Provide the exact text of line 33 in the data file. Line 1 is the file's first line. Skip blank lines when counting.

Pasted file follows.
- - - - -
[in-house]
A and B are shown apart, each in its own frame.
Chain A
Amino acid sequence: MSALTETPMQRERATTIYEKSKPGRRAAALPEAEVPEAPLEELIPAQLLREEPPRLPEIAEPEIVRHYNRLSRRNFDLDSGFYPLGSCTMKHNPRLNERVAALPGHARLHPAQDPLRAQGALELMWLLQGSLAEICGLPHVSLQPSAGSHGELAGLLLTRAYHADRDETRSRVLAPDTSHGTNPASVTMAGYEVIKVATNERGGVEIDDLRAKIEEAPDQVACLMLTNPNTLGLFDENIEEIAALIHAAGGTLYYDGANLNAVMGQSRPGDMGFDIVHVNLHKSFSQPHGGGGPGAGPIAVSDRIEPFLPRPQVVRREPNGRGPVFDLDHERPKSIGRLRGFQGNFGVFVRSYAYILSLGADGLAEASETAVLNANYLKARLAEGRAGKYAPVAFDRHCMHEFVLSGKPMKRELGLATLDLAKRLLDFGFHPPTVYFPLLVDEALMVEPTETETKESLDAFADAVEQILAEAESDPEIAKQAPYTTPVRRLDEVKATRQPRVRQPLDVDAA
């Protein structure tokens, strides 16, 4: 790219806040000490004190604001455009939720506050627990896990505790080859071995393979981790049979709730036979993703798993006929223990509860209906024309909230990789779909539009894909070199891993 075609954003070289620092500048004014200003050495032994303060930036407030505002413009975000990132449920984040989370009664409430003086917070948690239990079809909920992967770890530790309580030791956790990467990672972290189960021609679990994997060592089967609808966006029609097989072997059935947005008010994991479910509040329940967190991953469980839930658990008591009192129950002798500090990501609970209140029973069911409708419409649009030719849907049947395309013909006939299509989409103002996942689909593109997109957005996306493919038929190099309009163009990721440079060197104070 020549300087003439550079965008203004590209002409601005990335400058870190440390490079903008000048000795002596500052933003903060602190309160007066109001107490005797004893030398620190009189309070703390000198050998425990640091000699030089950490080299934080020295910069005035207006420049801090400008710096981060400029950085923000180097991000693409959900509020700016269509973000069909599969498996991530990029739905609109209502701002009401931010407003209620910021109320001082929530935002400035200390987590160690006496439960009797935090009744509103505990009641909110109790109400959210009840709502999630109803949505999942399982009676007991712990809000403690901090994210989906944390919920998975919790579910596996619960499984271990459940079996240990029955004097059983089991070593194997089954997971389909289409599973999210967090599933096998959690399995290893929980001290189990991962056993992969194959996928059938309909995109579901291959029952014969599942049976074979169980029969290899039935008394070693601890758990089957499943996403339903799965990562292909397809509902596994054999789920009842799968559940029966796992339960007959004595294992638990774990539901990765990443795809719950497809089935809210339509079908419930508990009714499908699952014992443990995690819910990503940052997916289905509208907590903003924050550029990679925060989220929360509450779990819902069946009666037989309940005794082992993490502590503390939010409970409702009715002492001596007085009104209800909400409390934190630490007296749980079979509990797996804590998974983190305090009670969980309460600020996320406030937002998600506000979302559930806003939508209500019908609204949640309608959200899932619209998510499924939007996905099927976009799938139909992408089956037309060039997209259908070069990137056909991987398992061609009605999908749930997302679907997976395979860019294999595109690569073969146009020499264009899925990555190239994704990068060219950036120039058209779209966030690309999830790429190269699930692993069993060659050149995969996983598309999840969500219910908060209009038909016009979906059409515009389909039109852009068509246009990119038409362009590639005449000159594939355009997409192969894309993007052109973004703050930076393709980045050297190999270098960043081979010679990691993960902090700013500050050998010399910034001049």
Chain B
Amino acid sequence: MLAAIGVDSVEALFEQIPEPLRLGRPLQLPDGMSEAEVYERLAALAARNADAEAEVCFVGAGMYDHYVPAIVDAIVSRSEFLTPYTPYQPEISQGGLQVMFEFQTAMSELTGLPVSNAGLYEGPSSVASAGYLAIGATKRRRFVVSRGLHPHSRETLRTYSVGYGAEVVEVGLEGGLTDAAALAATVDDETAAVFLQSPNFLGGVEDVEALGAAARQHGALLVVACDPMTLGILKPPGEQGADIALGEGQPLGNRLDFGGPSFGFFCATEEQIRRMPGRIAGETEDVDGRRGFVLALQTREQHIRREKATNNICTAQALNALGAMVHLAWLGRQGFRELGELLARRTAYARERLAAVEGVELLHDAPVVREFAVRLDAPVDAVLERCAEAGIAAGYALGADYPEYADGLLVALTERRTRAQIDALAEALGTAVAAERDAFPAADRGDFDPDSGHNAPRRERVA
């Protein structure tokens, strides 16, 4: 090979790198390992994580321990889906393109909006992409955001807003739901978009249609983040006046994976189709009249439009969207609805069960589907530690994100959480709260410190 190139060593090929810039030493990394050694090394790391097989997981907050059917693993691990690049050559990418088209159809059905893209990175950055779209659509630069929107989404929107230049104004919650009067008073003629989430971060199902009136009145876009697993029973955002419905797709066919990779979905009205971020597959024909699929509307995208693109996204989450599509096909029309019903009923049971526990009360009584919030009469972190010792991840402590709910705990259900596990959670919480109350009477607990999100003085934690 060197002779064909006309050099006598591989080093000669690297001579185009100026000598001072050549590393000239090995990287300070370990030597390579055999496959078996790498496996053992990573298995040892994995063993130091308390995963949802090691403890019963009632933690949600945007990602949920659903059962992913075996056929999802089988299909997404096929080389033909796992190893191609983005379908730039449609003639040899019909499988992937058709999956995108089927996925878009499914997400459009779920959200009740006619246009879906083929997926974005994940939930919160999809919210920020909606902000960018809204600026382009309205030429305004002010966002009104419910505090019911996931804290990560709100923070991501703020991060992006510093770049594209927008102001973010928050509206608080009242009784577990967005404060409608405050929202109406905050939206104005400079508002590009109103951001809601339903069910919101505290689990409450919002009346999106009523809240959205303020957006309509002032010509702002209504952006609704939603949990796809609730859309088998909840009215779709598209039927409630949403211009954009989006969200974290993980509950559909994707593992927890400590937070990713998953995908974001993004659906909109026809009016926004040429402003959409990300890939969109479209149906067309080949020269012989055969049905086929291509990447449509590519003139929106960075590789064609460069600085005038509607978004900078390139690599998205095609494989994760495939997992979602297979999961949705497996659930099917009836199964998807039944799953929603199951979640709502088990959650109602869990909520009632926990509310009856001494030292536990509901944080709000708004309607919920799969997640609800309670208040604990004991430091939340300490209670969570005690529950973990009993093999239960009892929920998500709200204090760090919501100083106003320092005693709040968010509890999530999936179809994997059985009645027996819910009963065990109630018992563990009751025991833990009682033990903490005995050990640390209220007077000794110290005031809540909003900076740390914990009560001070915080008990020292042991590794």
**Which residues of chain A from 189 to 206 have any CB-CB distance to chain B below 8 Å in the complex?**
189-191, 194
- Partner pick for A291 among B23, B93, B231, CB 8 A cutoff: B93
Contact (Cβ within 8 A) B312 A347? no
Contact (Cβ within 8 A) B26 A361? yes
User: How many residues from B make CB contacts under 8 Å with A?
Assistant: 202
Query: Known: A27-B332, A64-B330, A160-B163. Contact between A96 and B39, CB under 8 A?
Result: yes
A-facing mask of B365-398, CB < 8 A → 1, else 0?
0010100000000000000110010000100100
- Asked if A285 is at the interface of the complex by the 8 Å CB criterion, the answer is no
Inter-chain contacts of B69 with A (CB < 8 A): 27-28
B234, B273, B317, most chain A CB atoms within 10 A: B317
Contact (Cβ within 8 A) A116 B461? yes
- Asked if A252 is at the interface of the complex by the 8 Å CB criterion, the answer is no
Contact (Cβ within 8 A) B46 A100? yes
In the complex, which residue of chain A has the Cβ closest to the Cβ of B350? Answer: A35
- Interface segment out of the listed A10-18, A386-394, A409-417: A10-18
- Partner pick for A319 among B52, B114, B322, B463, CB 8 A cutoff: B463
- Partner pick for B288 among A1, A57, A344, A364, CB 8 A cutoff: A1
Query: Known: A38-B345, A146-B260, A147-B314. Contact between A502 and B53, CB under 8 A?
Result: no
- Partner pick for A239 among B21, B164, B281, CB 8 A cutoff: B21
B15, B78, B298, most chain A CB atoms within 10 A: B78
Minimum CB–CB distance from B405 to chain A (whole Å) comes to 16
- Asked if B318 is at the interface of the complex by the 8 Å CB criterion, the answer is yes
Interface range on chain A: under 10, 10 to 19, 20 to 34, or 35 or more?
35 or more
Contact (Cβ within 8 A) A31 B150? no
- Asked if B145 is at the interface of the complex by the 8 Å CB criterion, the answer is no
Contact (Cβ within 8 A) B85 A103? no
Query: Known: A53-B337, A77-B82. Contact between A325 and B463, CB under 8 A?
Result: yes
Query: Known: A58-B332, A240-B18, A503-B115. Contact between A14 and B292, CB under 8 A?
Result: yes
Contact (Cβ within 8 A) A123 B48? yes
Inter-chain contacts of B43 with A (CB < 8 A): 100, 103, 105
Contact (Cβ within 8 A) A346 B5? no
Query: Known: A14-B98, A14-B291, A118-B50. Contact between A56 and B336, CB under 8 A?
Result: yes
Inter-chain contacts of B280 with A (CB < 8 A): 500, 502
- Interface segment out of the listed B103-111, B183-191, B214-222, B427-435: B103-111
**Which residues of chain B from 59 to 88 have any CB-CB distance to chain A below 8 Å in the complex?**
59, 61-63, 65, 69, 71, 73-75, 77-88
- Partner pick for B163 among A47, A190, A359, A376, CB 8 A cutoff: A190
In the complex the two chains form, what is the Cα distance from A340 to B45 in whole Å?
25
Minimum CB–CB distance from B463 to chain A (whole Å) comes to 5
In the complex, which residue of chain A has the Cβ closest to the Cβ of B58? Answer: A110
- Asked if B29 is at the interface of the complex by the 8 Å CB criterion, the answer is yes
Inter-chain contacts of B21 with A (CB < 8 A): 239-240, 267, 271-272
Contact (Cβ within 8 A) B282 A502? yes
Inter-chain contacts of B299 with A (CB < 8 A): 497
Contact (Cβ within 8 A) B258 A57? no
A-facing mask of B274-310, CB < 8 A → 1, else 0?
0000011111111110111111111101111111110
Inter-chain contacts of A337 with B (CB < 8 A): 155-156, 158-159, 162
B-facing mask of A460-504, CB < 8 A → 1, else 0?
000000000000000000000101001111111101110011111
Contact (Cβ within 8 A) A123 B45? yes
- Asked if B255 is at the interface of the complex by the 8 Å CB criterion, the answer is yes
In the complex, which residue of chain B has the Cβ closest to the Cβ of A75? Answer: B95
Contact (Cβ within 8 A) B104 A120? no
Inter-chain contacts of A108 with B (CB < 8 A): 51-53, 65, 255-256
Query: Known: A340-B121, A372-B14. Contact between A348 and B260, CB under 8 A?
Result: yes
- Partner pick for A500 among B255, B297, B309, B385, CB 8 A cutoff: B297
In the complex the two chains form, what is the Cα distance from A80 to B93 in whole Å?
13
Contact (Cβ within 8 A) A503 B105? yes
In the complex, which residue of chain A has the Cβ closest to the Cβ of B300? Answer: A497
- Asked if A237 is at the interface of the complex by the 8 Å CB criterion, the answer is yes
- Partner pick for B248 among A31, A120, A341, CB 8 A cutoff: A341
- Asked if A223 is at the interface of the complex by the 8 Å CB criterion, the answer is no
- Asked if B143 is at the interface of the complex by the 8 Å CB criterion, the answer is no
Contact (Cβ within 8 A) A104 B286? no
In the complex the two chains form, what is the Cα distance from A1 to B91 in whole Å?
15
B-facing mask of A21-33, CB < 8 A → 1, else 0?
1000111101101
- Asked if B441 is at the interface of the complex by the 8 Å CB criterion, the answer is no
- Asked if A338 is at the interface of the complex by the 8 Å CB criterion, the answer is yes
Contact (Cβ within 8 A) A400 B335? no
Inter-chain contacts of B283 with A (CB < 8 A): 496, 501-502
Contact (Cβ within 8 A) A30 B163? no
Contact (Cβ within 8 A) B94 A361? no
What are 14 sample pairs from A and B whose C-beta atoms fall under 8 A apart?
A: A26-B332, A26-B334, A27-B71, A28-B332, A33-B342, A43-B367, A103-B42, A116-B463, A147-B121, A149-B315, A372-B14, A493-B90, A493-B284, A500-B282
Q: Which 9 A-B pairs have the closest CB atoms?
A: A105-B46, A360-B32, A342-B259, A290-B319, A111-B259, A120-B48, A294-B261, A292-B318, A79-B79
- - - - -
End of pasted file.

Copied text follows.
B15, B78, B298, most chain A CB atoms within 10 A: B78